Preparing for Instability in North Korea: U.S. - China - South Korea Coordination
Bonnie Glaser, Senior Fellow, CSIS Freeman Chair in China Studies
Scott Snyder, Director, Center for U.S.-Korea Policy, The Asia Foundation
The Honorable Richard Lawless, former Deputy Assistant Secretary of Defense for Asia-Pacific Affairs and
President & CEO of New Magellan Venture Partners, LLC
Larry Niksch, former Specialist in Asian Affairs, Congressional Research Service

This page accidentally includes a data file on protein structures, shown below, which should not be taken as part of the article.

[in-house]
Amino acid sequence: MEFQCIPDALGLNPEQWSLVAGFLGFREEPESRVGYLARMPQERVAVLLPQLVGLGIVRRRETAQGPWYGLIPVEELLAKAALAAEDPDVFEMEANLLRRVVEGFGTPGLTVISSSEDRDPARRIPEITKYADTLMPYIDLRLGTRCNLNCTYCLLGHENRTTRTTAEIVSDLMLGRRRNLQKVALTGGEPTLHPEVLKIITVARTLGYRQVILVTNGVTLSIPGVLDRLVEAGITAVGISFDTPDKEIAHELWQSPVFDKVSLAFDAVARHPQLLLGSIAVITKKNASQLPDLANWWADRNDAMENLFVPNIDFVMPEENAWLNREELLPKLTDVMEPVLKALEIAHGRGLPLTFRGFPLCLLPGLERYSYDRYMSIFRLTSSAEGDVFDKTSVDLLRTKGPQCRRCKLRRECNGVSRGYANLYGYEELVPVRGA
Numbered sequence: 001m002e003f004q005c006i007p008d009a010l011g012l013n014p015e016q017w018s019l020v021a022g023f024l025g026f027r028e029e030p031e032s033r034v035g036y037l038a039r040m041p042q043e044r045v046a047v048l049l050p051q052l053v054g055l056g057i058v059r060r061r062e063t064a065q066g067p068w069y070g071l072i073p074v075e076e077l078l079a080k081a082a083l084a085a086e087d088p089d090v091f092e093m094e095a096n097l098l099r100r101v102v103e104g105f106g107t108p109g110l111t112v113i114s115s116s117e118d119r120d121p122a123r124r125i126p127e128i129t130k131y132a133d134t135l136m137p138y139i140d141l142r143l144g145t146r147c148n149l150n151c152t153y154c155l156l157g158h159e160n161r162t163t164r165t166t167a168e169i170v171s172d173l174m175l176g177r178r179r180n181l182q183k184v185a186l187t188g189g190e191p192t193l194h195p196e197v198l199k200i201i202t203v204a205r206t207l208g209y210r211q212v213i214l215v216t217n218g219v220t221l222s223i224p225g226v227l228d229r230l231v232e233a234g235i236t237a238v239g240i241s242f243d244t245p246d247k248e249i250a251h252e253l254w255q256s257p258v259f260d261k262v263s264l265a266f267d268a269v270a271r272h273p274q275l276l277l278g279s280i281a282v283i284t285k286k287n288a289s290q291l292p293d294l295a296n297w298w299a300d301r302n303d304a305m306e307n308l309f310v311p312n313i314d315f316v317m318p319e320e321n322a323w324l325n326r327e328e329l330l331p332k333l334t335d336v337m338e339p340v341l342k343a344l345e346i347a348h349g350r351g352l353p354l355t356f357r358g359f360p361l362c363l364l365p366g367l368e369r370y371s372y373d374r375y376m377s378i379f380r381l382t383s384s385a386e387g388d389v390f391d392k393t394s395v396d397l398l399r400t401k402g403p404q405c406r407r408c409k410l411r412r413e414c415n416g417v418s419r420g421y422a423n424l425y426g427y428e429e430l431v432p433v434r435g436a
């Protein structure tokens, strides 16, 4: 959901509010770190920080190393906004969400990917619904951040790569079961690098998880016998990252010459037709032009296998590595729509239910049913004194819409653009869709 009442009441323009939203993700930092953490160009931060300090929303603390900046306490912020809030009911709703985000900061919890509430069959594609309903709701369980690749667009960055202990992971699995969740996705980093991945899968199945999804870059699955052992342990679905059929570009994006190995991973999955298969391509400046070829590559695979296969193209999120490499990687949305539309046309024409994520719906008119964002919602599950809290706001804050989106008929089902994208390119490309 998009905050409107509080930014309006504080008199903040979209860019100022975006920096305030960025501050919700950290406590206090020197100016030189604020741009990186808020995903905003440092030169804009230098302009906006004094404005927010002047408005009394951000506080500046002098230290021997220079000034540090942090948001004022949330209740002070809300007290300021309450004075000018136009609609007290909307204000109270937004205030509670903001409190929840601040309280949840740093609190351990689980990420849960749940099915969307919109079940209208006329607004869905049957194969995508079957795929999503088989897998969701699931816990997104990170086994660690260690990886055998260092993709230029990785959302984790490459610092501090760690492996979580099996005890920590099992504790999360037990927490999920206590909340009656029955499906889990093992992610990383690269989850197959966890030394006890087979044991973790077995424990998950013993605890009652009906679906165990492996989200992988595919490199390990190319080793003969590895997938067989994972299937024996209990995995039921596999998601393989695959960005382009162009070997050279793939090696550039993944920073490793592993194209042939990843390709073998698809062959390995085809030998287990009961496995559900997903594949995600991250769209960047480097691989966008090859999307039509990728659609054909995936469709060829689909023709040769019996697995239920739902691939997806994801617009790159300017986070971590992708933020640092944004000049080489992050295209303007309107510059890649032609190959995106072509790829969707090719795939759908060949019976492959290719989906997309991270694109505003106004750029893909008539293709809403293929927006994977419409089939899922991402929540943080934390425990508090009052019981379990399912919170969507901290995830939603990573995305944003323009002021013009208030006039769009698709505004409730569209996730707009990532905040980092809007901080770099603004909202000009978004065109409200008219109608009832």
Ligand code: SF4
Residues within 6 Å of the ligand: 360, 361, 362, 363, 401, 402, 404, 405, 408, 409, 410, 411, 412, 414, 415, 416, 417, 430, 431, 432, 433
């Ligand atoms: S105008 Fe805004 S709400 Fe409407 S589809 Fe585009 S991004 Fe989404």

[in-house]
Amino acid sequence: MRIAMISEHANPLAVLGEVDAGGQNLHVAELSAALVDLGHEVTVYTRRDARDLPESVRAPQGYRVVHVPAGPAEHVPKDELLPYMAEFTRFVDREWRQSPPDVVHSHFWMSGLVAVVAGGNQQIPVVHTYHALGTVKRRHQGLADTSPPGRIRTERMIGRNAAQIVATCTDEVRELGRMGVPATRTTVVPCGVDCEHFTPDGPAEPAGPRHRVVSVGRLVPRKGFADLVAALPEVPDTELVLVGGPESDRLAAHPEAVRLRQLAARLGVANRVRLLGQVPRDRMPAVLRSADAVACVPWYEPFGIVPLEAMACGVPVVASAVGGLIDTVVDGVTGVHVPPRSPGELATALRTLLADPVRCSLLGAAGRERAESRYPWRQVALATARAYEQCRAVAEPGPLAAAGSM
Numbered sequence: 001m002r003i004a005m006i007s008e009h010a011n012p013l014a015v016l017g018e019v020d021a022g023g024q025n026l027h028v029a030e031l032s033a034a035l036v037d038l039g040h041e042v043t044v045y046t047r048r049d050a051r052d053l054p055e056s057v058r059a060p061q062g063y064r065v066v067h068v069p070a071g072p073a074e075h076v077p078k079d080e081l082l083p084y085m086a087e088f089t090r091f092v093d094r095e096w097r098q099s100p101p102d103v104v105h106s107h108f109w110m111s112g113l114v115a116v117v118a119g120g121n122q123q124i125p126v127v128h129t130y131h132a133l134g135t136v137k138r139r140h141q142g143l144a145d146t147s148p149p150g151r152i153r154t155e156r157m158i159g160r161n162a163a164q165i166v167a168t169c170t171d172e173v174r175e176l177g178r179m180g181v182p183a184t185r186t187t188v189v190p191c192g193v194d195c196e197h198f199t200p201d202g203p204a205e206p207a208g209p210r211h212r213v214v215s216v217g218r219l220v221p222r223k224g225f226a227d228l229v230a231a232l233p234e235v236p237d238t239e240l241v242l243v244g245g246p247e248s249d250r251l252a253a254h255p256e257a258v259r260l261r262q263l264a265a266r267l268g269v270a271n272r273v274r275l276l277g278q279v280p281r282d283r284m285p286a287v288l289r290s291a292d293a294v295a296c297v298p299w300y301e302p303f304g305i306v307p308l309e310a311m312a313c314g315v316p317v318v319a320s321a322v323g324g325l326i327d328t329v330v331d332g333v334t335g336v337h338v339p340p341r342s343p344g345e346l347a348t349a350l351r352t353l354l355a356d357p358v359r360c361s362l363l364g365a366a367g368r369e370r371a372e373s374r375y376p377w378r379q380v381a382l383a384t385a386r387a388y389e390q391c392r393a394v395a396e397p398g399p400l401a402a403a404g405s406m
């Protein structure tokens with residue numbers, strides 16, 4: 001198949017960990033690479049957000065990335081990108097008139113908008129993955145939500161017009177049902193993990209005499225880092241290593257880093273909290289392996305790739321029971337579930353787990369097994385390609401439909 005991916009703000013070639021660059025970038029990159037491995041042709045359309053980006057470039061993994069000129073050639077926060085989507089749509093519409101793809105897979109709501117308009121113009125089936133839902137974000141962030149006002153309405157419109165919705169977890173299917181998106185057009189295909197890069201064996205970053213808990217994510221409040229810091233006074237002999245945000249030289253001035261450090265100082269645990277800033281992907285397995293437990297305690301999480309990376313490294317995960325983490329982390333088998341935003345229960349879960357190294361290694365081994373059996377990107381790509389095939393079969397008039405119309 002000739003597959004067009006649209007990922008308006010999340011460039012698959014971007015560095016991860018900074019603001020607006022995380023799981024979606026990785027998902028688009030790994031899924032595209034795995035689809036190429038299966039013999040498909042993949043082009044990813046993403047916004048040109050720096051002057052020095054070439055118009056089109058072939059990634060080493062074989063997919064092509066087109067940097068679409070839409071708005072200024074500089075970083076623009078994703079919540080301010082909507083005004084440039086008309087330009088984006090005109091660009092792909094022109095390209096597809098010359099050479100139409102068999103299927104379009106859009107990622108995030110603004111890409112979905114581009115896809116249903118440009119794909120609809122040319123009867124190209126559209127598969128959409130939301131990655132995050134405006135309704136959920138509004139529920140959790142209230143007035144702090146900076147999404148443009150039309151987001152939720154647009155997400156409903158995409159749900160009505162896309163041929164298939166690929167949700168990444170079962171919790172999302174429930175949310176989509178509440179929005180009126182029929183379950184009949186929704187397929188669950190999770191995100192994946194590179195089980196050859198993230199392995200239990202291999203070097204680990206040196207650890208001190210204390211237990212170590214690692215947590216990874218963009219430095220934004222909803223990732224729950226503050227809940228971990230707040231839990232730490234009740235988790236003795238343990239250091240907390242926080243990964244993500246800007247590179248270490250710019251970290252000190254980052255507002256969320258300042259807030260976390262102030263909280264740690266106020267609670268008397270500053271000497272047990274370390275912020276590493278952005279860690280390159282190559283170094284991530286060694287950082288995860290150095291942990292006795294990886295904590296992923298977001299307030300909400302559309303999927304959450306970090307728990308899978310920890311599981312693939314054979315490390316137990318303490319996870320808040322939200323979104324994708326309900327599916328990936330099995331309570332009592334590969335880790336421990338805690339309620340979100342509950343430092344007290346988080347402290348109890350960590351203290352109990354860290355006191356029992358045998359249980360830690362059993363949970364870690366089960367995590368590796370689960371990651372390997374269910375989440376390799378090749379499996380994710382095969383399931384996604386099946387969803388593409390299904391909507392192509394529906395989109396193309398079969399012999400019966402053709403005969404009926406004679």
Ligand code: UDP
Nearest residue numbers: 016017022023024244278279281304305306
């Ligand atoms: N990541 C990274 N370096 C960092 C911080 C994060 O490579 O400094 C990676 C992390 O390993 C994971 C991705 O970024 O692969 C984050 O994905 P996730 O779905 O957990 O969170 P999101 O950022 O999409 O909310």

The possibility that North Korea might eventually become a failed state poses a significant threat to regional security and prosperity; yet cooperation between China, South Korea, and the United States on North Korean contingency response has been hobbled by impulses toward political, strategic, and economic competition. The major impediments to cooperation are differing interests and approaches toward North Korea which have resulted in suspicions and concerns on all sides. In the report, “Responding to Change on the Korean Peninsula: Impediments to U.S.-China-South Korean Coordination,” the authors propose a set of policy recommendations for the United States, South Korea, and China aimed at ameliorating mistrust and enhancing prospects for dialogue and cooperation on security issues, including coping with instability in North Korea. Undertaking this effort will also likely increase the three nations’ ability to more effectively coordinate and cooperate on other matters relating to North Korea, particularly denuclearization.